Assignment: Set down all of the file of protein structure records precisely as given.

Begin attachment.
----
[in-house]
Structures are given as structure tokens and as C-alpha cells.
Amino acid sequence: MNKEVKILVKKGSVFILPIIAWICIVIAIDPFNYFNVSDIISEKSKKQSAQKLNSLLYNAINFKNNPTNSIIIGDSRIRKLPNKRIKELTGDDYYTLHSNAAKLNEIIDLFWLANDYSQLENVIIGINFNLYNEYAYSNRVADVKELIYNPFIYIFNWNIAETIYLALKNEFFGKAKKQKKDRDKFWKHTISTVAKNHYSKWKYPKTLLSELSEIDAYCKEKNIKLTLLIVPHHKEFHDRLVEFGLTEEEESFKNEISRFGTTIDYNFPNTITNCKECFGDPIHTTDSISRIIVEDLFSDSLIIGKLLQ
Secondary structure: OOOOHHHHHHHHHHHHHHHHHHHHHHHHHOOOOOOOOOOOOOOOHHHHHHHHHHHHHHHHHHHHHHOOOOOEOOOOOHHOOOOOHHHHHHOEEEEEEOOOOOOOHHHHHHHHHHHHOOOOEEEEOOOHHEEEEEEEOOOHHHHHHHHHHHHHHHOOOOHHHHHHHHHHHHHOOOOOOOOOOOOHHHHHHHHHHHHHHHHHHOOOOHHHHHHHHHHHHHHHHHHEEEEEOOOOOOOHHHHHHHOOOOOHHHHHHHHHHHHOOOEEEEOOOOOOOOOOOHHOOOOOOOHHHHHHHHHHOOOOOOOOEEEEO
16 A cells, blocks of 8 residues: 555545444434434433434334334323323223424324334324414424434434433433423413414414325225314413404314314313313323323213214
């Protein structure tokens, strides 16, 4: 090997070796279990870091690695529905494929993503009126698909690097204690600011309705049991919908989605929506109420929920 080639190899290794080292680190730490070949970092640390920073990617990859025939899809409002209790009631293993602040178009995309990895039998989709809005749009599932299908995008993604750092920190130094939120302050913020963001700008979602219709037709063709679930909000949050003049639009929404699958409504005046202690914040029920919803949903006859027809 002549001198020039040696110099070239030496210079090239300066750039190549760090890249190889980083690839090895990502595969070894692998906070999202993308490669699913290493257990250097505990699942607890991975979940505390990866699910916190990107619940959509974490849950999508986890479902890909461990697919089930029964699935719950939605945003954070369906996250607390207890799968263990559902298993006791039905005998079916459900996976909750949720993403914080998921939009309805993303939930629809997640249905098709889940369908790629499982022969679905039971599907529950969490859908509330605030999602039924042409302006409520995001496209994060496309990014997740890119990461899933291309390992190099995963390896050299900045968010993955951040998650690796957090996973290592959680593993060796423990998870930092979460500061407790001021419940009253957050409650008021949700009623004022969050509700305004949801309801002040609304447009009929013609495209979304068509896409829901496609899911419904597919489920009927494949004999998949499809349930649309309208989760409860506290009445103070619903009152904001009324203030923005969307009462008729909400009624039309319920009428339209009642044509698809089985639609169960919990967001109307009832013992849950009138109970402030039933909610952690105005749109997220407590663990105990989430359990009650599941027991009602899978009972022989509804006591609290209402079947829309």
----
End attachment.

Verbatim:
[in-house]
Structures are given as structure tokens and as C-alpha cells.
Amino acid sequence: MNKEVKILVKKGSVFILPIIAWICIVIAIDPFNYFNVSDIISEKSKKQSAQKLNSLLYNAINFKNNPTNSIIIGDSRIRKLPNKRIKELTGDDYYTLHSNAAKLNEIIDLFWLANDYSQLENVIIGINFNLYNEYAYSNRVADVKELIYNPFIYIFNWNIAETIYLALKNEFFGKAKKQKKDRDKFWKHTISTVAKNHYSKWKYPKTLLSELSEIDAYCKEKNIKLTLLIVPHHKEFHDRLVEFGLTEEEESFKNEISRFGTTIDYNFPNTITNCKECFGDPIHTTDSISRIIVEDLFSDSLIIGKLLQ
Secondary structure: OOOOHHHHHHHHHHHHHHHHHHHHHHHHHOOOOOOOOOOOOOOOHHHHHHHHHHHHHHHHHHHHHHOOOOOEOOOOOHHOOOOOHHHHHHOEEEEEEOOOOOOOHHHHHHHHHHHHOOOOEEEEOOOHHEEEEEEEOOOHHHHHHHHHHHHHHHOOOOHHHHHHHHHHHHHOOOOOOOOOOOOHHHHHHHHHHHHHHHHHHOOOOHHHHHHHHHHHHHHHHHHEEEEEOOOOOOOHHHHHHHOOOOOHHHHHHHHHHHHOOOEEEEOOOOOOOOOOOHHOOOOOOOHHHHHHHHHHOOOOOOOOEEEEO
16 A cells, blocks of 8 residues: 555545444434434433434334334323323223424324334324414424434434433433423413414414325225314413404314314313313323323213214
């Protein structure tokens, strides 16, 4: 090997070796279990870091690695529905494929993503009126698909690097204690600011309705049991919908989605929506109420929920 080639190899290794080292680190730490070949970092640390920073990617990859025939899809409002209790009631293993602040178009995309990895039998989709809005749009599932299908995008993604750092920190130094939120302050913020963001700008979602219709037709063709679930909000949050003049639009929404699958409504005046202690914040029920919803949903006859027809 002549001198020039040696110099070239030496210079090239300066750039190549760090890249190889980083690839090895990502595969070894692998906070999202993308490669699913290493257990250097505990699942607890991975979940505390990866699910916190990107619940959509974490849950999508986890479902890909461990697919089930029964699935719950939605945003954070369906996250607390207890799968263990559902298993006791039905005998079916459900996976909750949720993403914080998921939009309805993303939930629809997640249905098709889940369908790629499982022969679905039971599907529950969490859908509330605030999602039924042409302006409520995001496209994060496309990014997740890119990461899933291309390992190099995963390896050299900045968010993955951040998650690796957090996973290592959680593993060796423990998870930092979460500061407790001021419940009253957050409650008021949700009623004022969050509700305004949801309801002040609304447009009929013609495209979304068509896409829901496609899911419904597919489920009927494949004999998949499809349930649309309208989760409860506290009445103070619903009152904001009324203030923005969307009462008729909400009624039309319920009428339209009642044509698809089985639609169960919990967001109307009832013992849950009138109970402030039933909610952690105005749109997220407590663990105990989430359990009650599941027991009602899978009972022989509804006591609290209402079947829309």